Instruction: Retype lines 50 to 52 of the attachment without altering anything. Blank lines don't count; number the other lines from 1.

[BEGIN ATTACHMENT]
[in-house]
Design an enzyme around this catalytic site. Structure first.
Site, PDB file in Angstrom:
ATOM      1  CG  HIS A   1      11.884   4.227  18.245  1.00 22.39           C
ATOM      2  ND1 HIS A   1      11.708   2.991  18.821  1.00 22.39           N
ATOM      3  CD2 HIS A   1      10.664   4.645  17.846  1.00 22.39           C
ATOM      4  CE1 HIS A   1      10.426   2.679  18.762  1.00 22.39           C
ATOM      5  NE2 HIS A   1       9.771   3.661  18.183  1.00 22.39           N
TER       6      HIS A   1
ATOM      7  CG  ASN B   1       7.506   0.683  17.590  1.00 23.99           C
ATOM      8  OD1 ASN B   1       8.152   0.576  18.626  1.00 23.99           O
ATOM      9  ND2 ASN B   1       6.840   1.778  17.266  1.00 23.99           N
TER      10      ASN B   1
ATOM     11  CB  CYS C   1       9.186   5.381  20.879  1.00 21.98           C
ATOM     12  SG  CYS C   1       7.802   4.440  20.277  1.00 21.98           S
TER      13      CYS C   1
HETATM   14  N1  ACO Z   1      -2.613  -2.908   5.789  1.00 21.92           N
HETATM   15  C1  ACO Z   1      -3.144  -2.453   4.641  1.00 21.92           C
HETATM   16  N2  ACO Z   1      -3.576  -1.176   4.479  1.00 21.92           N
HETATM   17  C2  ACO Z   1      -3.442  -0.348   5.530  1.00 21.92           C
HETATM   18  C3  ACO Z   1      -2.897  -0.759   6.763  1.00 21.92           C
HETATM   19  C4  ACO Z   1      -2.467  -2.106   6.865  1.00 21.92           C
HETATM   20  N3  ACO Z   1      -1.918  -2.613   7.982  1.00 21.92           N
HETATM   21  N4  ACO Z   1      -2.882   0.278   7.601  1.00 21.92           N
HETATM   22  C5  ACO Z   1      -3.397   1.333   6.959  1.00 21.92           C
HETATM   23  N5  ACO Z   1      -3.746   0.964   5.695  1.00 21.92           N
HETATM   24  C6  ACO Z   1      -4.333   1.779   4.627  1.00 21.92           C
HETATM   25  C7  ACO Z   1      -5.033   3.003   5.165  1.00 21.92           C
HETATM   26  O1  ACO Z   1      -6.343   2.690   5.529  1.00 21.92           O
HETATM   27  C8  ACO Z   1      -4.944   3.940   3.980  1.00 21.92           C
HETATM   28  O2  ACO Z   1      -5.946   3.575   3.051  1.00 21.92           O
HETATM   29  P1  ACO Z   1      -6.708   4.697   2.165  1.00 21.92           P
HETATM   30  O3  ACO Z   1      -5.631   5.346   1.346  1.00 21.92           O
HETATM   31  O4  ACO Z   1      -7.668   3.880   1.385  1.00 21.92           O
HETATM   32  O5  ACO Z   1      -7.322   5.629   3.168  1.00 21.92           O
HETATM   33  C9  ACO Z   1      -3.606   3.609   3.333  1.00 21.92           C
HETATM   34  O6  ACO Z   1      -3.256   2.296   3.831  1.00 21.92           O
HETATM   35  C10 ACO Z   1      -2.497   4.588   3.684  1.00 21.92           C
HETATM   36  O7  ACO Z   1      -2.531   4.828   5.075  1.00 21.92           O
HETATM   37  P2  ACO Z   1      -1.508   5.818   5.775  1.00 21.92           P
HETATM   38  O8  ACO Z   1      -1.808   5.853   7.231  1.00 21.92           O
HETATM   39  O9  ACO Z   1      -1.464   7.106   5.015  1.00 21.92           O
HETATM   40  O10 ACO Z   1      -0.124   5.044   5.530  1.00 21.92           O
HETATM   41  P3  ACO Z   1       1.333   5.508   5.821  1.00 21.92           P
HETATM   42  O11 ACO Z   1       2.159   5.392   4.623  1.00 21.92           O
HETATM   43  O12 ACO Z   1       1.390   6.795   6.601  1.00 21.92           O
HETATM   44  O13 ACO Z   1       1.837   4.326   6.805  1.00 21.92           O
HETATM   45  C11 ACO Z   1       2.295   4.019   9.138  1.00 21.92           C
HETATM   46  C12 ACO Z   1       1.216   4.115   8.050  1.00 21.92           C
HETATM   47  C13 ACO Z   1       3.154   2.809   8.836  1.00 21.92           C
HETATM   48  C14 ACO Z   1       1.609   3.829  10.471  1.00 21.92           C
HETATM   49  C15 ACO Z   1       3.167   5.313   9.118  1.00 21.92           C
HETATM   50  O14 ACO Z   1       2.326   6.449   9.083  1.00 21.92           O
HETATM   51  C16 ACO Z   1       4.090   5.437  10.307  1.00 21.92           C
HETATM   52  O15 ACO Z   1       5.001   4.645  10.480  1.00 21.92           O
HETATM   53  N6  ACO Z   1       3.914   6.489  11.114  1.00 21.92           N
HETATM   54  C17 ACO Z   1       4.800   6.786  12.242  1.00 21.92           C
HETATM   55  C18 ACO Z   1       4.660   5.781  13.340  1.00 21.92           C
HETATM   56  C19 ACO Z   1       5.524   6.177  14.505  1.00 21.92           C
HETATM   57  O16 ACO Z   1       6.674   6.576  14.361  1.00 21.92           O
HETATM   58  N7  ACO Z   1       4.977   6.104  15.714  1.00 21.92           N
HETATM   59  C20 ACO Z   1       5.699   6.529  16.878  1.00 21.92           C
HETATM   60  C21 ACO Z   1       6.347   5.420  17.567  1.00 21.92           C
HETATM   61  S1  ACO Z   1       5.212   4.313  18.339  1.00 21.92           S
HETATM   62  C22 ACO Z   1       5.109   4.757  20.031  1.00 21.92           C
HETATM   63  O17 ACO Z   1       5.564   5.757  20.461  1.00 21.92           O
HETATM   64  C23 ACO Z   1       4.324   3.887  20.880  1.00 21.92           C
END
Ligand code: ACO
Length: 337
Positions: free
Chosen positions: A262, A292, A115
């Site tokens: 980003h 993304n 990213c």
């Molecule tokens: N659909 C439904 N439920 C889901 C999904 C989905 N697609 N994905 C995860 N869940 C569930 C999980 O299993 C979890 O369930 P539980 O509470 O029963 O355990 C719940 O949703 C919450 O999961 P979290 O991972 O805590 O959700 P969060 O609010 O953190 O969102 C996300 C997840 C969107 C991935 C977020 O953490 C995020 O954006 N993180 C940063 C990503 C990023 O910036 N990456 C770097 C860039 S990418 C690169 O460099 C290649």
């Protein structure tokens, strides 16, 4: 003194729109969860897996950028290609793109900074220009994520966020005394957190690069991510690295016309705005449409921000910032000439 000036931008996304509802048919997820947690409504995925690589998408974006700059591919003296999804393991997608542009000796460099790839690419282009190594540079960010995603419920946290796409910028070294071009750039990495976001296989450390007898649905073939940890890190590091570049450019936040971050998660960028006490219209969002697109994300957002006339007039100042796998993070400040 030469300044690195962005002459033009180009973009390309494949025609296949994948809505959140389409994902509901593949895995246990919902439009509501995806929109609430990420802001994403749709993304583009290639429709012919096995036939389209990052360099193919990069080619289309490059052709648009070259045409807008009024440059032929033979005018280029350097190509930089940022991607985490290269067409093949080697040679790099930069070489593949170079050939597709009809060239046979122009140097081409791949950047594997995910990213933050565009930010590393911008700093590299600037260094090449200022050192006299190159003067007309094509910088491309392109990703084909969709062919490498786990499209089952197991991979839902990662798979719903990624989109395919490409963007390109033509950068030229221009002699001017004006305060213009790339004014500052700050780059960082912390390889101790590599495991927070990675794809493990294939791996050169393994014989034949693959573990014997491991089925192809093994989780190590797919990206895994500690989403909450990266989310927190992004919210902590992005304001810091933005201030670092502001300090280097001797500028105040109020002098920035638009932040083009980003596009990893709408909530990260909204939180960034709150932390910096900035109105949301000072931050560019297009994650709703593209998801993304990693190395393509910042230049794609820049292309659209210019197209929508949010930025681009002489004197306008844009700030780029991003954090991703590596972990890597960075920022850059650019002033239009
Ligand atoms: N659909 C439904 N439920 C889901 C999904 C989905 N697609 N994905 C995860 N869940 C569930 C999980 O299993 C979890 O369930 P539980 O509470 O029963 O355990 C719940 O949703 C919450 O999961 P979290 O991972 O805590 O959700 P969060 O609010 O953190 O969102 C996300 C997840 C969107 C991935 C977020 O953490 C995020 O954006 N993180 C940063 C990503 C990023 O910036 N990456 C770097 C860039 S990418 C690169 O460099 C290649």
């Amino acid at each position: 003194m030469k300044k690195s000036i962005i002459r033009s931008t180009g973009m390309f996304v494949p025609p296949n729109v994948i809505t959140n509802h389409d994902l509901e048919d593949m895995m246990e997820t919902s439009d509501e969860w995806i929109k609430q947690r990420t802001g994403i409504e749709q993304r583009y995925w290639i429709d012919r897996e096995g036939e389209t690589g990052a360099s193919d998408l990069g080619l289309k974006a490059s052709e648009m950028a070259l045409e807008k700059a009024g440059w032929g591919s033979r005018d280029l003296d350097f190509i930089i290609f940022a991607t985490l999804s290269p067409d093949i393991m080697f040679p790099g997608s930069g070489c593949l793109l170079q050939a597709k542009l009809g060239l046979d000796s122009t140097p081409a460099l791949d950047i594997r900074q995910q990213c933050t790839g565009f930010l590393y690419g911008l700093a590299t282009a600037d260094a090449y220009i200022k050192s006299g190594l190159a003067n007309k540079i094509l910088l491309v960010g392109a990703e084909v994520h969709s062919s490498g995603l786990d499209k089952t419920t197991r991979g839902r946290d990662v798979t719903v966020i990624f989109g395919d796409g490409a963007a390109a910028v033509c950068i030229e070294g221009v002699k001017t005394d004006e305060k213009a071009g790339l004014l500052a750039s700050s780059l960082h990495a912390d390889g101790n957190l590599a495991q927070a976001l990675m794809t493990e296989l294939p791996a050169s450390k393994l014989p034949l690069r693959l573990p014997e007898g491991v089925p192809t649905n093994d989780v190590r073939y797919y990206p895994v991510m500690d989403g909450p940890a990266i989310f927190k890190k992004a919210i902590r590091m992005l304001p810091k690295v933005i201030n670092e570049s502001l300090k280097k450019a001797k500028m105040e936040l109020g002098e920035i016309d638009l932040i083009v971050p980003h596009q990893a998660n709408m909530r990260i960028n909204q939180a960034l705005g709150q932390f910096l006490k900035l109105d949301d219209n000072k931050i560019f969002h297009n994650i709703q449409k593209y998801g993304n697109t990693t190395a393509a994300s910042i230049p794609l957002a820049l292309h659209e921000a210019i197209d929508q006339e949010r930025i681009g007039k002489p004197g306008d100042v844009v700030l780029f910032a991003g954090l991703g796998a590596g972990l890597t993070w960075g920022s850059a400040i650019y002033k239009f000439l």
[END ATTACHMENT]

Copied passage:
HETATM   47  C13 ACO Z   1       3.154   2.809   8.836  1.00 21.92           C
HETATM   48  C14 ACO Z   1       1.609   3.829  10.471  1.00 21.92           C
HETATM   49  C15 ACO Z   1       3.167   5.313   9.118  1.00 21.92           C